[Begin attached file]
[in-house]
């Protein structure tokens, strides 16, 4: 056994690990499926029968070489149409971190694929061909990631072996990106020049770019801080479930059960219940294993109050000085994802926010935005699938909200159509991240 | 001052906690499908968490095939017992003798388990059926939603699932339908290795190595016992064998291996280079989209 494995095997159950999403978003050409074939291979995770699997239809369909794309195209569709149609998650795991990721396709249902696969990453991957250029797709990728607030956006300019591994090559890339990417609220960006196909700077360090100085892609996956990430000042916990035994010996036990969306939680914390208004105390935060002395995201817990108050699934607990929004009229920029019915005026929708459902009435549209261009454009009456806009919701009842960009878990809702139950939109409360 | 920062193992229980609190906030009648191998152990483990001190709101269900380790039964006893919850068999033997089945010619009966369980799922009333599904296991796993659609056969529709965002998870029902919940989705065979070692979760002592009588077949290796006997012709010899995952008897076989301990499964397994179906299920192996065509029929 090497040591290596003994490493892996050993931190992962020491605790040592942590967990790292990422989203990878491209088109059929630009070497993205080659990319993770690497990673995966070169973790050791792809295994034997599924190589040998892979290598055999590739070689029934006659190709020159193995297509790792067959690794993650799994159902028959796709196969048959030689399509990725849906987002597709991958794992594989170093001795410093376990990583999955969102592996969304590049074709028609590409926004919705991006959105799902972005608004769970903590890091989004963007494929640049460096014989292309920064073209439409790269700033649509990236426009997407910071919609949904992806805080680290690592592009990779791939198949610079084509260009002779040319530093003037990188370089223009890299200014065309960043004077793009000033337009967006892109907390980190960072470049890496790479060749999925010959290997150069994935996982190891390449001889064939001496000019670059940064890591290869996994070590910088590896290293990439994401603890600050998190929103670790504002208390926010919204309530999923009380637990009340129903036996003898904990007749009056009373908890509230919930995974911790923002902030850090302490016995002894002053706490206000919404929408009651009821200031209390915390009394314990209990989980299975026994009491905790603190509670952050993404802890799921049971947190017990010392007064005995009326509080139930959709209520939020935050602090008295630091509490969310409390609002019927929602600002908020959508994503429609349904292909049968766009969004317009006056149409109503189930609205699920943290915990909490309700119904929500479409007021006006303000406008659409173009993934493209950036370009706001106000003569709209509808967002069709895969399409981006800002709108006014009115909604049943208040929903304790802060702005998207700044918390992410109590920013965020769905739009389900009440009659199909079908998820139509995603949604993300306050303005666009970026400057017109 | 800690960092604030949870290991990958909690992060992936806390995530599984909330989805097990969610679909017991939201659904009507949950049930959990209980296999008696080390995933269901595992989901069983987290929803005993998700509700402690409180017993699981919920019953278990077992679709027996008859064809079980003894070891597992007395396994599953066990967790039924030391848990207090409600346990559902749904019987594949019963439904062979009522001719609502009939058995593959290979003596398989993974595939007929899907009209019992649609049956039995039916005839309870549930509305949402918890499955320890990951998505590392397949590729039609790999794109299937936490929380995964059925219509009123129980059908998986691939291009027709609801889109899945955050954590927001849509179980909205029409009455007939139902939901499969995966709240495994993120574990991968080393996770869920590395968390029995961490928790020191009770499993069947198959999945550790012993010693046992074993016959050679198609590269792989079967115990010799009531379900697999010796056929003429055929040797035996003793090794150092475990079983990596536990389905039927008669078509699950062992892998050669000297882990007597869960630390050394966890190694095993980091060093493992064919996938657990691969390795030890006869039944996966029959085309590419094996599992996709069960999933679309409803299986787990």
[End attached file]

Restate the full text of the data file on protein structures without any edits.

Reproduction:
[in-house]
């Protein structure tokens, strides 16, 4: 056994690990499926029968070489149409971190694929061909990631072996990106020049770019801080479930059960219940294993109050000085994802926010935005699938909200159509991240 | 001052906690499908968490095939017992003798388990059926939603699932339908290795190595016992064998291996280079989209 494995095997159950999403978003050409074939291979995770699997239809369909794309195209569709149609998650795991990721396709249902696969990453991957250029797709990728607030956006300019591994090559890339990417609220960006196909700077360090100085892609996956990430000042916990035994010996036990969306939680914390208004105390935060002395995201817990108050699934607990929004009229920029019915005026929708459902009435549209261009454009009456806009919701009842960009878990809702139950939109409360 | 920062193992229980609190906030009648191998152990483990001190709101269900380790039964006893919850068999033997089945010619009966369980799922009333599904296991796993659609056969529709965002998870029902919940989705065979070692979760002592009588077949290796006997012709010899995952008897076989301990499964397994179906299920192996065509029929 090497040591290596003994490493892996050993931190992962020491605790040592942590967990790292990422989203990878491209088109059929630009070497993205080659990319993770690497990673995966070169973790050791792809295994034997599924190589040998892979290598055999590739070689029934006659190709020159193995297509790792067959690794993650799994159902028959796709196969048959030689399509990725849906987002597709991958794992594989170093001795410093376990990583999955969102592996969304590049074709028609590409926004919705991006959105799902972005608004769970903590890091989004963007494929640049460096014989292309920064073209439409790269700033649509990236426009997407910071919609949904992806805080680290690592592009990779791939198949610079084509260009002779040319530093003037990188370089223009890299200014065309960043004077793009000033337009967006892109907390980190960072470049890496790479060749999925010959290997150069994935996982190891390449001889064939001496000019670059940064890591290869996994070590910088590896290293990439994401603890600050998190929103670790504002208390926010919204309530999923009380637990009340129903036996003898904990007749009056009373908890509230919930995974911790923002902030850090302490016995002894002053706490206000919404929408009651009821200031209390915390009394314990209990989980299975026994009491905790603190509670952050993404802890799921049971947190017990010392007064005995009326509080139930959709209520939020935050602090008295630091509490969310409390609002019927929602600002908020959508994503429609349904292909049968766009969004317009006056149409109503189930609205699920943290915990909490309700119904929500479409007021006006303000406008659409173009993934493209950036370009706001106000003569709209509808967002069709895969399409981006800002709108006014009115909604049943208040929903304790802060702005998207700044918390992410109590920013965020769905739009389900009440009659199909079908998820139509995603949604993300306050303005666009970026400057017109 | 800690960092604030949870290991990958909690992060992936806390995530599984909330989805097990969610679909017991939201659904009507949950049930959990209980296999008696080390995933269901595992989901069983987290929803005993998700509700402690409180017993699981919920019953278990077992679709027996008859064809079980003894070891597992007395396994599953066990967790039924030391848990207090409600346990559902749904019987594949019963439904062979009522001719609502009939058995593959290979003596398989993974595939007929899907009209019992649609049956039995039916005839309870549930509305949402918890499955320890990951998505590392397949590729039609790999794109299937936490929380995964059925219509009123129980059908998986691939291009027709609801889109899945955050954590927001849509179980909205029409009455007939139902939901499969995966709240495994993120574990991968080393996770869920590395968390029995961490928790020191009770499993069947198959999945550790012993010693046992074993016959050679198609590269792989079967115990010799009531379900697999010796056929003429055929040797035996003793090794150092475990079983990596536990389905039927008669078509699950062992892998050669000297882990007597869960630390050394966890190694095993980091060093493992064919996938657990691969390795030890006869039944996966029959085309590419094996599992996709069960999933679309409803299986787990």